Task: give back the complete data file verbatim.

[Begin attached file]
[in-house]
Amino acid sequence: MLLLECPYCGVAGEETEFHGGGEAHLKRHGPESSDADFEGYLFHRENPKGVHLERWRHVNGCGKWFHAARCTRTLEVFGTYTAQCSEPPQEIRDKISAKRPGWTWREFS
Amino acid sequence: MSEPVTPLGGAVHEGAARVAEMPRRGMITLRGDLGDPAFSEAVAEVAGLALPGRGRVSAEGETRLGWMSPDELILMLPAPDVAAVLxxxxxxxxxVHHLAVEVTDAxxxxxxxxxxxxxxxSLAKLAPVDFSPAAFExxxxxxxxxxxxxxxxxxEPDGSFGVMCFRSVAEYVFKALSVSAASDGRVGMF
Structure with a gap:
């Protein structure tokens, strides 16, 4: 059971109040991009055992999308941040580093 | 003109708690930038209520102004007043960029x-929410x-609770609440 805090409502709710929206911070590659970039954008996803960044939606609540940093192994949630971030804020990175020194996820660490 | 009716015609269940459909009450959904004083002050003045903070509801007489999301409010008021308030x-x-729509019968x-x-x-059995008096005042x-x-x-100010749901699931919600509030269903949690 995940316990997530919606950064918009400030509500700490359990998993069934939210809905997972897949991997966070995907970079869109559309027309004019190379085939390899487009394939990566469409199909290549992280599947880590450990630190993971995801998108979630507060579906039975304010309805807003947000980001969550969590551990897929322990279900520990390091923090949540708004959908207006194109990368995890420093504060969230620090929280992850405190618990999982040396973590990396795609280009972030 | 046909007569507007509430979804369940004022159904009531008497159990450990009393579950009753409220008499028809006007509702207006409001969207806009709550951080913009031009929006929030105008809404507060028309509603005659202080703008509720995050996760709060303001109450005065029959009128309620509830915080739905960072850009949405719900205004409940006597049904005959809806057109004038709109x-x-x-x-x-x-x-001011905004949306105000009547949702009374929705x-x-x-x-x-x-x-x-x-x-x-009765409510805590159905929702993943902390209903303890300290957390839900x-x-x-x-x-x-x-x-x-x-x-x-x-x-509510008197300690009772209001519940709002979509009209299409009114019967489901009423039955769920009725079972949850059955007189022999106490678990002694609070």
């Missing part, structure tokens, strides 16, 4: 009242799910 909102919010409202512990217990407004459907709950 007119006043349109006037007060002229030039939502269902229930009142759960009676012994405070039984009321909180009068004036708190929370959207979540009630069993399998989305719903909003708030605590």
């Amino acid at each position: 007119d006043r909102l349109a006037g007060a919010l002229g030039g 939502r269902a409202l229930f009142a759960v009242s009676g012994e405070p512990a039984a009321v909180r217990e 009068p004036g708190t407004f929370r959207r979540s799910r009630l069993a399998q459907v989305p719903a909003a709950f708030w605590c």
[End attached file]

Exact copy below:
[in-house]
Amino acid sequence: MLLLECPYCGVAGEETEFHGGGEAHLKRHGPESSDADFEGYLFHRENPKGVHLERWRHVNGCGKWFHAARCTRTLEVFGTYTAQCSEPPQEIRDKISAKRPGWTWREFS
Amino acid sequence: MSEPVTPLGGAVHEGAARVAEMPRRGMITLRGDLGDPAFSEAVAEVAGLALPGRGRVSAEGETRLGWMSPDELILMLPAPDVAAVLxxxxxxxxxVHHLAVEVTDAxxxxxxxxxxxxxxxSLAKLAPVDFSPAAFExxxxxxxxxxxxxxxxxxEPDGSFGVMCFRSVAEYVFKALSVSAASDGRVGMF
Structure with a gap:
């Protein structure tokens, strides 16, 4: 059971109040991009055992999308941040580093 | 003109708690930038209520102004007043960029x-929410x-609770609440 805090409502709710929206911070590659970039954008996803960044939606609540940093192994949630971030804020990175020194996820660490 | 009716015609269940459909009450959904004083002050003045903070509801007489999301409010008021308030x-x-729509019968x-x-x-059995008096005042x-x-x-100010749901699931919600509030269903949690 995940316990997530919606950064918009400030509500700490359990998993069934939210809905997972897949991997966070995907970079869109559309027309004019190379085939390899487009394939990566469409199909290549992280599947880590450990630190993971995801998108979630507060579906039975304010309805807003947000980001969550969590551990897929322990279900520990390091923090949540708004959908207006194109990368995890420093504060969230620090929280992850405190618990999982040396973590990396795609280009972030 | 046909007569507007509430979804369940004022159904009531008497159990450990009393579950009753409220008499028809006007509702207006409001969207806009709550951080913009031009929006929030105008809404507060028309509603005659202080703008509720995050996760709060303001109450005065029959009128309620509830915080739905960072850009949405719900205004409940006597049904005959809806057109004038709109x-x-x-x-x-x-x-001011905004949306105000009547949702009374929705x-x-x-x-x-x-x-x-x-x-x-009765409510805590159905929702993943902390209903303890300290957390839900x-x-x-x-x-x-x-x-x-x-x-x-x-x-509510008197300690009772209001519940709002979509009209299409009114019967489901009423039955769920009725079972949850059955007189022999106490678990002694609070």
């Missing part, structure tokens, strides 16, 4: 009242799910 909102919010409202512990217990407004459907709950 007119006043349109006037007060002229030039939502269902229930009142759960009676012994405070039984009321909180009068004036708190929370959207979540009630069993399998989305719903909003708030605590």
């Amino acid at each position: 007119d006043r909102l349109a006037g007060a919010l002229g030039g 939502r269902a409202l229930f009142a759960v009242s009676g012994e405070p512990a039984a009321v909180r217990e 009068p004036g708190t407004f929370r959207r979540s799910r009630l069993a399998q459907v989305p719903a909003a709950f708030w605590c």